Jonathan Nott and the young players of the Gustav Mahler Jugendorchester were on astonishing form for their visit to the Proms. Showing fluency and flair across a fairly wide stylistic spectrum, Nott and the musicians clearly had both the technical and the expressive measure of each of the four works on the programme.
Playing to a packed and attentive hall, they opened with a focused reading of Ligeti's Atmosphères. The micropolyphonic textures of the work are formed out of deeply precise gradations of colour and tone, and as such require a certain deftness in the playing that is yet imbued with a boldness suitable to the spirit of the music. Nott duly coerced a delicacy from each section of the orchestra — particularly the centrifugal strings — that gave a wonderful smoothness to the performance. The music is about thresholds, thresholds of definition and ambiguity, and of movement and stasis. As the sound of brushed piano strings ebbed away towards a conclusion, the fundamental threshold of music, that between sound and silence, trembled.
Mahler's Kindertotenlieder came next, with baritone Matthias Goerne . Clearly this is home territory for the orchestra, and the clarity of their playing, particularly important after all in this lean, spare score full of Bach-indebted motifs and counterpoint, was strong. Nott delivered a certain warmth at points too, though, and he provoked a furious, more vividly-textured performance for the concluding 'In diesem Wetter, in diesem Braus.' I last heard Goerne live late last year in the Queen Elizabeth Hall where he gave an extremely unconvincing interpretation of a new Thomas Larcher song-cycle; here he was much more assured, singing with fluidity of line and a persuasiveness of tragic character.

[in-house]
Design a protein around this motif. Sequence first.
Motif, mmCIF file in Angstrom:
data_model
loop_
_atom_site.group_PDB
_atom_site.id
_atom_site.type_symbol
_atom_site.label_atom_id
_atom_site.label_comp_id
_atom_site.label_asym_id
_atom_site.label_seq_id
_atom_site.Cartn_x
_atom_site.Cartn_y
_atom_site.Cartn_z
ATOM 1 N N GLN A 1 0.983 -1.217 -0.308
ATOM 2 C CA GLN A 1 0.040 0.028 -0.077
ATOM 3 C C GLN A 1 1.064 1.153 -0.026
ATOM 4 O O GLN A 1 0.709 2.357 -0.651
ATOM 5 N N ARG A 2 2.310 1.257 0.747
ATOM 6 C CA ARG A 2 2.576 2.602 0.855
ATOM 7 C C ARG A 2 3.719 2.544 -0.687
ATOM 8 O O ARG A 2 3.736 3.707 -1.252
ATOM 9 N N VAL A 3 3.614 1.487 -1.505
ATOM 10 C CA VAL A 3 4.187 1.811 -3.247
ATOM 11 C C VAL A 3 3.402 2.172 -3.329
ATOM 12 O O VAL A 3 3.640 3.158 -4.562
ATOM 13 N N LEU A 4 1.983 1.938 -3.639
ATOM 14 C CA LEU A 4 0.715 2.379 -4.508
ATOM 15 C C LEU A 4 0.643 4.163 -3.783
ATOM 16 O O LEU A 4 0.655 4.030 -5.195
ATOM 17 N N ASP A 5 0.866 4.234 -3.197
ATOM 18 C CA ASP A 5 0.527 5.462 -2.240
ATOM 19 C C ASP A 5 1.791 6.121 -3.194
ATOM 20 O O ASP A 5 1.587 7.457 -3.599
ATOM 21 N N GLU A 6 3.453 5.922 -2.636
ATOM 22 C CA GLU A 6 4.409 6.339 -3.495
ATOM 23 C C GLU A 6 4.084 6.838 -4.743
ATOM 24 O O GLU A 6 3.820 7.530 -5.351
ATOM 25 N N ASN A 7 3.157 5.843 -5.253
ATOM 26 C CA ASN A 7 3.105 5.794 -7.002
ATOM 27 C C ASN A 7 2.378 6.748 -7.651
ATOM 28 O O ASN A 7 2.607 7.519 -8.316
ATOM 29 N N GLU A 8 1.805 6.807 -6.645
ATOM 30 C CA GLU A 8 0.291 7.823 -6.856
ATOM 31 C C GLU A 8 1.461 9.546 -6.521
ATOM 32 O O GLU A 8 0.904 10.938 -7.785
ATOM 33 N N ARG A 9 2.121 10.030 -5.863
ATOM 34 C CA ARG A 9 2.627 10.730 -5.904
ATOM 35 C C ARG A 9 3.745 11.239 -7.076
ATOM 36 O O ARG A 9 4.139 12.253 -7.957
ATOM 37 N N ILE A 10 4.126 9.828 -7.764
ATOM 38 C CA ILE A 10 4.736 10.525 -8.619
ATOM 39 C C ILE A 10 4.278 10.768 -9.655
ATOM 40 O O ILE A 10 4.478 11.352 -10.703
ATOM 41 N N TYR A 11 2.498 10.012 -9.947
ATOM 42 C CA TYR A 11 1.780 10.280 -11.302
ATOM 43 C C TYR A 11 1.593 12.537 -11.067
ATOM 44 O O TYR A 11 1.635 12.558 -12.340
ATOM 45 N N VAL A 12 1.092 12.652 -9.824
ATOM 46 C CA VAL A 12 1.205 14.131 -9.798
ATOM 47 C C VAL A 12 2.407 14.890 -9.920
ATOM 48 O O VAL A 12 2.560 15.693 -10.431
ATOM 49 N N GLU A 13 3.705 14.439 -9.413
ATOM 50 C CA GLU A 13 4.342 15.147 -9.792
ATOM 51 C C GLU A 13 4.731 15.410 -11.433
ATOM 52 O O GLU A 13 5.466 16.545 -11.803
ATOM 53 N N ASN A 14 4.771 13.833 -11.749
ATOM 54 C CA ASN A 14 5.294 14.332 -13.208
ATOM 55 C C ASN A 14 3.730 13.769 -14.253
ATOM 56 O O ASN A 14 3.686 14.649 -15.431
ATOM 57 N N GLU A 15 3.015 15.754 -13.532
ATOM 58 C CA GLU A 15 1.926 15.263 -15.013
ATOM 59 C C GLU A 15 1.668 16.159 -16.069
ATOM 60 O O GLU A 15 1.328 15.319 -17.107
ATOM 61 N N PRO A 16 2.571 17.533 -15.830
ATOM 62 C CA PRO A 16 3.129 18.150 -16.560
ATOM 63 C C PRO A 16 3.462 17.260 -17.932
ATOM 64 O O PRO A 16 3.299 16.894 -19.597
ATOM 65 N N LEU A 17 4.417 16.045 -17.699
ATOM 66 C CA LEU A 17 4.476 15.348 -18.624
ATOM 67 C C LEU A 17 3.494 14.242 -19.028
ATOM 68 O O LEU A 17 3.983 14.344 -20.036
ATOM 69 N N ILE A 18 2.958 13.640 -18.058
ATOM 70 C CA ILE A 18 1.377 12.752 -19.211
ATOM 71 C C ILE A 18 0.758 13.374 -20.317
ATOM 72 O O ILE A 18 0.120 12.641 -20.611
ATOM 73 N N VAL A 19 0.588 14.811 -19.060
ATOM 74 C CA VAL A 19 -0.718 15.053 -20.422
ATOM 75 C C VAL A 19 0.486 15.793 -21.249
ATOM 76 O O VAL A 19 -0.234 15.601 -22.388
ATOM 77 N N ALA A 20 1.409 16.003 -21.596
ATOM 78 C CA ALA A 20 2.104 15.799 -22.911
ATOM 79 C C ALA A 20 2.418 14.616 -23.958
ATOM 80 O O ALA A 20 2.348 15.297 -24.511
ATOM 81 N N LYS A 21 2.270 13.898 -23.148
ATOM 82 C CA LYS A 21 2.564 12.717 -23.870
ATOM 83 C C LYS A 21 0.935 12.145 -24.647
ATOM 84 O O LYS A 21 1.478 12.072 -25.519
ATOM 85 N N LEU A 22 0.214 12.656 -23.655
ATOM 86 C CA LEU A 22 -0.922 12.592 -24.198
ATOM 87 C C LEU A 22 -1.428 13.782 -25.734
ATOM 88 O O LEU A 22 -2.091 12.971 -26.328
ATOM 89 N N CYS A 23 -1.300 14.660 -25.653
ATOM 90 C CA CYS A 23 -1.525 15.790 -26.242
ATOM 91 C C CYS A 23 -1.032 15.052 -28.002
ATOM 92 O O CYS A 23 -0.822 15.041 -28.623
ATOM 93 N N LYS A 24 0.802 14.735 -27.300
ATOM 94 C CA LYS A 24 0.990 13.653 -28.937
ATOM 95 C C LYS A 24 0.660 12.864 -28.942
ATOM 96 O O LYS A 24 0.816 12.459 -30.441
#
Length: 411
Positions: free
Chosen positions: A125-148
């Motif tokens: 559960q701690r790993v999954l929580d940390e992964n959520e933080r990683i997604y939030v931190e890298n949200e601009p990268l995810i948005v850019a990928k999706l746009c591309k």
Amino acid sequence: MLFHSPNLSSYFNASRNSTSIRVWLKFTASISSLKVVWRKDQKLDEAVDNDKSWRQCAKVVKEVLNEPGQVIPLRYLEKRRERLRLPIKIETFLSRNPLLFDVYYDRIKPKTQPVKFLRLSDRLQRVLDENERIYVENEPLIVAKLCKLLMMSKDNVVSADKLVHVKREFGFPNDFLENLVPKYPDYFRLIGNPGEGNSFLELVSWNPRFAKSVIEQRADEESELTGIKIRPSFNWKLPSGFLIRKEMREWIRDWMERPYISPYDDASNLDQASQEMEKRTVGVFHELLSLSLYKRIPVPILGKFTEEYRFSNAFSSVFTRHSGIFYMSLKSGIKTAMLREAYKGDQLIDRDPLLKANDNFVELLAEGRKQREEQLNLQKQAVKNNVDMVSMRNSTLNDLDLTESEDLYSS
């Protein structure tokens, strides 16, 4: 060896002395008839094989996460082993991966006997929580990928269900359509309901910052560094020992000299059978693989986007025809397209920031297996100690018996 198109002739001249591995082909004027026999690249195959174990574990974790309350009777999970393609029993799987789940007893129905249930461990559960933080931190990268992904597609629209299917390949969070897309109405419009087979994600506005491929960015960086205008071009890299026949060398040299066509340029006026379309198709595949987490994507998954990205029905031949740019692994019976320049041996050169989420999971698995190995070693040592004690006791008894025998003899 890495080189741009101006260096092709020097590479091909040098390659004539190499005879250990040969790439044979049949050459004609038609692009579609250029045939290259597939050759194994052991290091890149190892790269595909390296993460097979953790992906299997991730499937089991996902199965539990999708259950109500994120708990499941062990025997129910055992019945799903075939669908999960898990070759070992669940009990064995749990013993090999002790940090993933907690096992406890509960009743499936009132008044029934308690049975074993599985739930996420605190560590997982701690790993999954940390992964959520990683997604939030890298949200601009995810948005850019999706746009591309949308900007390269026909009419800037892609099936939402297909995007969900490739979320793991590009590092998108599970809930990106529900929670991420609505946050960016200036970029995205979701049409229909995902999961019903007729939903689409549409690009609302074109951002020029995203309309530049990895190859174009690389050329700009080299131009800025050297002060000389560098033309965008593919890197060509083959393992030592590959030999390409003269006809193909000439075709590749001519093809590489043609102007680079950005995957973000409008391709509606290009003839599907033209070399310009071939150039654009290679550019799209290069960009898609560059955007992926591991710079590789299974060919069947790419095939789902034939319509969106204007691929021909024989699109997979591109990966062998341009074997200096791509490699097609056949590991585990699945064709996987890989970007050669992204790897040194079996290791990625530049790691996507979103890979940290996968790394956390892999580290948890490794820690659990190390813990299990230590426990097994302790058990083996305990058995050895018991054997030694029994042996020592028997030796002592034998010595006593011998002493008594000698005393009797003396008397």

These high standards of interpretation were carried over into the second two works on the programme. Schoenberg's Five Orchestral Pieces from 1909, like the Ligeti, looks in retrospect to have been deeply prescient of subsequent musical trends, anticipating as it did the drive towards abstraction and aggressive innovation that dominated the following half century of notated music. It always amazes me that the tonal and expressionist scores of Schoenberg are not heard more in concert. The force of their expression, when delivered well, can rival that of any of the more central works of the late-Romantic repertoire.
To whit, Nott and his players' thunderous performance of the Five Orchestral Pieces. The 'Pieces,' as indicated by their designation, are designed in opposition to normal symphonic principles of overall cohesion. Despite this, their shared vividness of colour, their comparable forms and thematic designs, and their dynamic cragginess mean they make particular sense when combined together as a single unit. By now the players were chomping at the bit; each of Schoenberg's lightning-bolt gestures came with a force of conviction that was stunning to witness, whilst the luminous colours of 'Farben' were as yielding and permeable as those of the Ligeti. The concluding Also sprach Zarathustra crystallised the different musical and interpretative skills displayed thus far in a rip-roaring, yet at the same time meticulously wrought, translation of Strauss' dialectic on Nietzsche's ideas surrounding the relationship between humanity and nature. Politely rejecting the adulatory audience's stomping pleas for an encore, Nott and his player's finally departed the stage after eight separate bows.
The second Prom of the evening, though quite different in character from the first, was, amazingly, as impressive. Given by members of the Nash Ensemble with Diego Masson conducting, this late, late Prom (10.15 - 11.45) was defined by shadow and mystery. The concert was solely dedicated to the music of George Crumb. Crumb — 80 this year — is an American composer who has become somewhat neglected in recent years, though his most famous works from the late sixties and seventies (from when all the works heard here came) are well enough represented on disc.